corresponds to a maximum fine in the amount of $500,000 and a minimum fine
in the amount of $100,000 (20% of $500,000). Minn. Stat. § 152.022,
subd. 3(a) (1994). Here, the district court reduced the amount of the
minimum fine:
        
        I will reduce that fine to $25,000. I know that
        based upon your past history that's a lot of money,
        Mr. Lambert, but you're 24 years old; and you've got
        a lot of time to pay this money. And I think in five
        years at $5,000 a year you can get this paid off. I
        will waive any surcharges and library fees and

        criminal surcharges and just make it a straight
        $25,000.

Minn. Stat. § 609.101, subd. 5, expressly authorizes the sentencing
court to reduce the amount of the minimum fine. Although that provision
requires the court to make written findings ``that the convicted person is
indigent or that immediate payment of the [minimum fine] * * * would create
undue hardship,'' that requirement does not provide a defendant with a
basis to challenge the amount of a reduced minimum fine. The purpose of the
findings requirement is to evaluate whether the district court should have
imposed the higher statutory minimum. Moreover, Minn. Stat. § 609.101,
subd. 5, prohibits the court from waiving payment of the minimum fine.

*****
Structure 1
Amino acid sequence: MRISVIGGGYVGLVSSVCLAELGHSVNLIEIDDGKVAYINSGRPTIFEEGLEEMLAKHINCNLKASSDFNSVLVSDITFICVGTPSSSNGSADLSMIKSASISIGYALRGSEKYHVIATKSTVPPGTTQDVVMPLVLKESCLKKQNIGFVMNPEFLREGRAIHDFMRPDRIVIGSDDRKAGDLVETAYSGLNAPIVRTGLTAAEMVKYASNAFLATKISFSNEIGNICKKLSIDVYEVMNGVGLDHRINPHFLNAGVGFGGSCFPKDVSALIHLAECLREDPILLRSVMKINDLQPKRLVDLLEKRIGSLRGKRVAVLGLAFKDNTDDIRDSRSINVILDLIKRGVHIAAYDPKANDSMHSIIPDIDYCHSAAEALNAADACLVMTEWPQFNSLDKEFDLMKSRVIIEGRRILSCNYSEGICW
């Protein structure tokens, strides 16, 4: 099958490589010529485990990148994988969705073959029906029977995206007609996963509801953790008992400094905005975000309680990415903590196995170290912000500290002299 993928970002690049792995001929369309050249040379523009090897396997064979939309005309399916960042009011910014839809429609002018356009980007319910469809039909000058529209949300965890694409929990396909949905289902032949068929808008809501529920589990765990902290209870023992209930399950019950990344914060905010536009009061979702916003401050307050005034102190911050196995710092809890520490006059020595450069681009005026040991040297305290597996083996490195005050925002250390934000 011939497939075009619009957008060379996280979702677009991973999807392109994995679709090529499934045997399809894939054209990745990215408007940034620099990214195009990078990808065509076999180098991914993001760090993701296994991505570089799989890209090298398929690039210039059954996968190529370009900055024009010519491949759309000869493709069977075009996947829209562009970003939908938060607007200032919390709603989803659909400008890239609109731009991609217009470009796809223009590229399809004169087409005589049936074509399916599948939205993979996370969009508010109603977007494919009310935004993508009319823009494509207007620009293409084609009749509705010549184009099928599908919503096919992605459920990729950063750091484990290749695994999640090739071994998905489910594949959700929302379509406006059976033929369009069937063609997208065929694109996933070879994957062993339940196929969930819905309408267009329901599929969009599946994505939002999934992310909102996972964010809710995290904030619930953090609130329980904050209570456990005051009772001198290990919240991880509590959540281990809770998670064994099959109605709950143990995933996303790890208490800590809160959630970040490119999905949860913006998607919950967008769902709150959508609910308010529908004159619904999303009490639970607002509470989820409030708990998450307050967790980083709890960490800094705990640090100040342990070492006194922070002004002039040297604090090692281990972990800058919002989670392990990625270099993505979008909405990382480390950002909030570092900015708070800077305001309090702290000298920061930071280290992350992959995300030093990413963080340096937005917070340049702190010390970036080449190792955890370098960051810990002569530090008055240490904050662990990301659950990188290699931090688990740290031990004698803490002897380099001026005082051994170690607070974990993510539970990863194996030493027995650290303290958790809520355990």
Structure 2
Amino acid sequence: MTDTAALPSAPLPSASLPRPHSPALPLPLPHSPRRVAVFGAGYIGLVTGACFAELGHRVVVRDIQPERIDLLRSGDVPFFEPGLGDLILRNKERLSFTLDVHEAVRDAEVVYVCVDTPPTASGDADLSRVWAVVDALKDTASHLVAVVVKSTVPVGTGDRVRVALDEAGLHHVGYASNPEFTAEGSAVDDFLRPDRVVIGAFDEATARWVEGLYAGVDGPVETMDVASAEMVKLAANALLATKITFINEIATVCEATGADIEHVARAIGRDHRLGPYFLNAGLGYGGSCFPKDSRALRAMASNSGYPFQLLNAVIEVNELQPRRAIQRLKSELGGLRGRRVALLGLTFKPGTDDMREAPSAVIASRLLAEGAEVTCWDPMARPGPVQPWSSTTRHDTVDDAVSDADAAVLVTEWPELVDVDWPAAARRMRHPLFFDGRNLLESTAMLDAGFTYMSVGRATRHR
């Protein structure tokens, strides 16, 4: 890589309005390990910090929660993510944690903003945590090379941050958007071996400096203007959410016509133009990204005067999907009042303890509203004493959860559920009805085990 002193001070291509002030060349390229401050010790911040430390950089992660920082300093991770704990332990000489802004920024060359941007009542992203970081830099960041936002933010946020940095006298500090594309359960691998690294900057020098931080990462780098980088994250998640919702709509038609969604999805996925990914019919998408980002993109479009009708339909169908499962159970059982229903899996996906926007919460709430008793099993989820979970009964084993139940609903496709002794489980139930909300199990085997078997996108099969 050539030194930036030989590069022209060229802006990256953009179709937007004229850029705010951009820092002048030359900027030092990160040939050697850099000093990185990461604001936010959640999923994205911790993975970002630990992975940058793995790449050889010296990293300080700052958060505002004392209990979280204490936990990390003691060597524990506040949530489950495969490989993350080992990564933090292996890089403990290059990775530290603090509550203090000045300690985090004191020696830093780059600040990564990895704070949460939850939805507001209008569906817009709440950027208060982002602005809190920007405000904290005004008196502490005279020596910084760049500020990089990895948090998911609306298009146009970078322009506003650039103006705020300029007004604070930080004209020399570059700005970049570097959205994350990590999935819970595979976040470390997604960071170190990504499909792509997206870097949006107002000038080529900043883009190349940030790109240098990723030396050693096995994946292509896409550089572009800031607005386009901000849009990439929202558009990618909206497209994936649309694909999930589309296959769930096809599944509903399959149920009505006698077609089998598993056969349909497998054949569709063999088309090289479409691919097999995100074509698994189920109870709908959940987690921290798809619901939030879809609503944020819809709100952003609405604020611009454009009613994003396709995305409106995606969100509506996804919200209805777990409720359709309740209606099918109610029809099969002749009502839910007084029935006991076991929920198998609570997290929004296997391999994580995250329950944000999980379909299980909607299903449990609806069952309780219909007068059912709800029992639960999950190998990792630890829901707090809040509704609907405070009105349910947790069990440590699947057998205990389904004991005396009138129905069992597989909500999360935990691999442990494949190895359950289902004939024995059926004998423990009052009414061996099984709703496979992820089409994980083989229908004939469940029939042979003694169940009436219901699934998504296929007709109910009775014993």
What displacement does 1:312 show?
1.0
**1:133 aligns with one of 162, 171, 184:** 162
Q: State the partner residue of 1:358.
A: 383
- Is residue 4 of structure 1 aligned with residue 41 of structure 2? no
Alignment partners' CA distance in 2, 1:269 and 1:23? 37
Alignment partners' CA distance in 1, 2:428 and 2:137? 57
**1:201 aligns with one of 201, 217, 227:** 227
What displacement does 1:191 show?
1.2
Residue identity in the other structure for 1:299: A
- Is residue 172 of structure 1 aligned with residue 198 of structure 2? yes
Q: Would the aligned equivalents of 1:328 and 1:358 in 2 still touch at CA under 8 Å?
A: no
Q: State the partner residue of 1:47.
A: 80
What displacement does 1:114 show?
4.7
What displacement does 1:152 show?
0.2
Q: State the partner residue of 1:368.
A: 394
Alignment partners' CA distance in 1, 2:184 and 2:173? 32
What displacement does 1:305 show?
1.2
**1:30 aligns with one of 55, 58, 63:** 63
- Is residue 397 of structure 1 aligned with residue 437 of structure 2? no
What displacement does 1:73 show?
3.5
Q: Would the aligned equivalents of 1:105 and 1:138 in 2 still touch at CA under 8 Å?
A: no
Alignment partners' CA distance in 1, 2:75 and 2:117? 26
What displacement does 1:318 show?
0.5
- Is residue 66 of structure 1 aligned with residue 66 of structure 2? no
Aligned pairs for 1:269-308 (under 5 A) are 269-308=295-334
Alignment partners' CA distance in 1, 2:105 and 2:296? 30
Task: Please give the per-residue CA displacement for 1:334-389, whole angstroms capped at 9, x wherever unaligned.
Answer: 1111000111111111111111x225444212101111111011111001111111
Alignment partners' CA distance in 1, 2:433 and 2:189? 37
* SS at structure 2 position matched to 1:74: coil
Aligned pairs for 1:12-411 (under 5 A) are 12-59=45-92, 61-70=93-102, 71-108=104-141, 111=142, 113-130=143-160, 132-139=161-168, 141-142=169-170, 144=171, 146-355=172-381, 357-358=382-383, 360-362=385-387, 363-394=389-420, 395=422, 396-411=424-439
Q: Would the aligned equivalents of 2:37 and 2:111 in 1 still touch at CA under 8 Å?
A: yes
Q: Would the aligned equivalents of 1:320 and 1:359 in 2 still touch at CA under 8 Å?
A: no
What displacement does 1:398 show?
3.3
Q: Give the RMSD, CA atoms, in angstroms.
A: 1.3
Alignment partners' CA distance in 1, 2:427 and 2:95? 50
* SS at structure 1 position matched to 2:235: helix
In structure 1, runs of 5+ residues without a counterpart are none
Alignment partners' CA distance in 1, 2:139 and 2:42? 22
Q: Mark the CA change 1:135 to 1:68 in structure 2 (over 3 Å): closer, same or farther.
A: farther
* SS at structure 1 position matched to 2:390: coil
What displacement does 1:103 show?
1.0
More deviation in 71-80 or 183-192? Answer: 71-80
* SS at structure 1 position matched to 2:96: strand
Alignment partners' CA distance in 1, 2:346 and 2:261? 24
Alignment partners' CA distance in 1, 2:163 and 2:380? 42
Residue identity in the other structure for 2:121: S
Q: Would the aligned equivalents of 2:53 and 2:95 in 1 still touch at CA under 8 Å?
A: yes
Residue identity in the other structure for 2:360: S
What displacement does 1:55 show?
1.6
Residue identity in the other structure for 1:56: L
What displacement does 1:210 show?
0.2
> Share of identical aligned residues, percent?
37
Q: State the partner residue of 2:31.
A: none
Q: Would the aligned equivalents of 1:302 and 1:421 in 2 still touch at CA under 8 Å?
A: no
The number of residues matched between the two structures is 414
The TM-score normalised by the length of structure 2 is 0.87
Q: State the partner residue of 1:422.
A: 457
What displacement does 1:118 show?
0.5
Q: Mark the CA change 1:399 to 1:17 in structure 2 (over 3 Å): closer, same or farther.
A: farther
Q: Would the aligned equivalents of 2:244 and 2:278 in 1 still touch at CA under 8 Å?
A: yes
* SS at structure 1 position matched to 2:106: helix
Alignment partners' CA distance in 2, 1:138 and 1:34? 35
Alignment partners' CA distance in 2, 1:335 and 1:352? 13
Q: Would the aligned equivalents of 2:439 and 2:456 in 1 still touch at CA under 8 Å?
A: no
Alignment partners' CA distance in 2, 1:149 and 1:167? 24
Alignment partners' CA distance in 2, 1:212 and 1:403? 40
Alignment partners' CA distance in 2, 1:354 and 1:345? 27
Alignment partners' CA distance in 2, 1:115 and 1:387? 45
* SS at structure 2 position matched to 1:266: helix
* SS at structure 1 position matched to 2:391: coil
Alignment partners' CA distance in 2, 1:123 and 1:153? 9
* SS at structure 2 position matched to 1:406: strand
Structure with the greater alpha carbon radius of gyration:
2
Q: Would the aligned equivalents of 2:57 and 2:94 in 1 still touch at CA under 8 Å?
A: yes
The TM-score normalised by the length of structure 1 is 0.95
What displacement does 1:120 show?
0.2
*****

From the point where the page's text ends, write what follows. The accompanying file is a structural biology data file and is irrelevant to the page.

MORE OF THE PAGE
Lambert raises the issue of his inability to pay the imposed fine. A
sentencing court, however, need not determine a defendant's ability to pay
the statutory minimum fine. State v. Patterson, 511 N.W.2d 476, 479
(Minn. App. 1994), review denied (Minn. Mar. 31, 1994). It follows
that the district court need not determine if a defendant is able to pay a
fine that has been reduced below the statutory minimum. See Minn.
Stat. § 645.17(1) (1994) (courts must construe statutes in accordance
with presumption that legislature does not intend absurd or unreasonable
result). Although Patterson refers briefly to findings necessary to
reduce a fine below the minimum, that reference is to the statutory
findings limiting the court's discretion and is not raised as an issue in
this case. Here, Lambert cites as error the fact that the district court
did not make findings on his ability to pay the fine, not the fact that the
district court reduced the statutorily-mandated minimum fine.

The legislature has the authority to fix the limits of punishment for a
criminal act. State v. Lambert, 392 N.W.2d 242, 243 (Minn. 1986).
The legislature has now mandated minimum fines. Minn. Stat. § 609.101,
subd. 3(a). Lambert's challenge should be directed at the statute, rather
than the district court's decision in this case. In any event, he has not
presented an argument that the statute is unconstitutional. See
Koppinger v. City of Fairmont, 311 Minn. 186, 189 n.2, 248 N.W.2d 708,
711 n.2 (1976) (issue merely stated without argument or analysis is deemed
waived).

Finally, Lambert's argument regarding his minimal involvement in the drug
trade lacks merit because the amount of his drug-related profits relates to
ability to pay considerations that are no longer required under Minn. Stat.
§ 609.101. Cf. Martinson, 460 N.W.2d at 344 (in
determining ability to pay, court may inquire into profits derived from
drug sales).
                                     
                              Decision

The district court did not err by imposing a fine below the statutory
minimum fine without further determining Lambert's ability to pay the
reduced fine.
Affirmed.